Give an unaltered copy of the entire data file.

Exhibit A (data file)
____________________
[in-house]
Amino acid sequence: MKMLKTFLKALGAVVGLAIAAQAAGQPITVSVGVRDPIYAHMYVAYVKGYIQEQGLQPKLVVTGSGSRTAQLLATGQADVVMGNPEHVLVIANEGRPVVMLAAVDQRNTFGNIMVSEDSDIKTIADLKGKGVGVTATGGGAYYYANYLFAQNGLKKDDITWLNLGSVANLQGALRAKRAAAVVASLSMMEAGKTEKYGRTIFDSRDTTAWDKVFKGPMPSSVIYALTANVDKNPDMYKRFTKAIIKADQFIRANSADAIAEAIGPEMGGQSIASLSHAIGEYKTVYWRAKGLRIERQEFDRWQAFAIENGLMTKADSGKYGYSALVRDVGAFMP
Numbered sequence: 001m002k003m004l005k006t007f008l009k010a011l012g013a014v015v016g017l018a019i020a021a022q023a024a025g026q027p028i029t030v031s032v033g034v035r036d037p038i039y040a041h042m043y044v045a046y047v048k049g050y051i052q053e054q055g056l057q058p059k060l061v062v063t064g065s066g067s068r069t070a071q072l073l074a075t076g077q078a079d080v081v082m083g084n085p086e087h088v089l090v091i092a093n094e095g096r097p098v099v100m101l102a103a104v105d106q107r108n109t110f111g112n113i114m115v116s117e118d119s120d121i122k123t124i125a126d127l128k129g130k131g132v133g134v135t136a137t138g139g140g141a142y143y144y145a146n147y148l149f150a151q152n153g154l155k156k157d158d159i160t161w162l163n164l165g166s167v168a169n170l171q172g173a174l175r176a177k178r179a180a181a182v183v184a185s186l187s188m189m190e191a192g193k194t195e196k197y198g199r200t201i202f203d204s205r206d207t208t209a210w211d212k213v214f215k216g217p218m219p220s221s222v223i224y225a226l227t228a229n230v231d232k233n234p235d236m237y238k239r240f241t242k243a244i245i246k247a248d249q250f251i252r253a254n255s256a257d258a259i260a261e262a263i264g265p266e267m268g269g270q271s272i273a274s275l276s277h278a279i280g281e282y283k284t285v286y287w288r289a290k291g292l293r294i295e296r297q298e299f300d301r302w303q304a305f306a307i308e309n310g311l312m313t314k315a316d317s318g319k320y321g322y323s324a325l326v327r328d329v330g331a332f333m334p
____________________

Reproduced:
[in-house]
Amino acid sequence: MKMLKTFLKALGAVVGLAIAAQAAGQPITVSVGVRDPIYAHMYVAYVKGYIQEQGLQPKLVVTGSGSRTAQLLATGQADVVMGNPEHVLVIANEGRPVVMLAAVDQRNTFGNIMVSEDSDIKTIADLKGKGVGVTATGGGAYYYANYLFAQNGLKKDDITWLNLGSVANLQGALRAKRAAAVVASLSMMEAGKTEKYGRTIFDSRDTTAWDKVFKGPMPSSVIYALTANVDKNPDMYKRFTKAIIKADQFIRANSADAIAEAIGPEMGGQSIASLSHAIGEYKTVYWRAKGLRIERQEFDRWQAFAIENGLMTKADSGKYGYSALVRDVGAFMP
Numbered sequence: 001m002k003m004l005k006t007f008l009k010a011l012g013a014v015v016g017l018a019i020a021a022q023a024a025g026q027p028i029t030v031s032v033g034v035r036d037p038i039y040a041h042m043y044v045a046y047v048k049g050y051i052q053e054q055g056l057q058p059k060l061v062v063t064g065s066g067s068r069t070a071q072l073l074a075t076g077q078a079d080v081v082m083g084n085p086e087h088v089l090v091i092a093n094e095g096r097p098v099v100m101l102a103a104v105d106q107r108n109t110f111g112n113i114m115v116s117e118d119s120d121i122k123t124i125a126d127l128k129g130k131g132v133g134v135t136a137t138g139g140g141a142y143y144y145a146n147y148l149f150a151q152n153g154l155k156k157d158d159i160t161w162l163n164l165g166s167v168a169n170l171q172g173a174l175r176a177k178r179a180a181a182v183v184a185s186l187s188m189m190e191a192g193k194t195e196k197y198g199r200t201i202f203d204s205r206d207t208t209a210w211d212k213v214f215k216g217p218m219p220s221s222v223i224y225a226l227t228a229n230v231d232k233n234p235d236m237y238k239r240f241t242k243a244i245i246k247a248d249q250f251i252r253a254n255s256a257d258a259i260a261e262a263i264g265p266e267m268g269g270q271s272i273a274s275l276s277h278a279i280g281e282y283k284t285v286y287w288r289a290k291g292l293r294i295e296r297q298e299f300d301r302w303q304a305f306a307i308e309n310g311l312m313t314k315a316d317s318g319k320y321g322y323s324a325l326v327r328d329v330g331a332f333m334p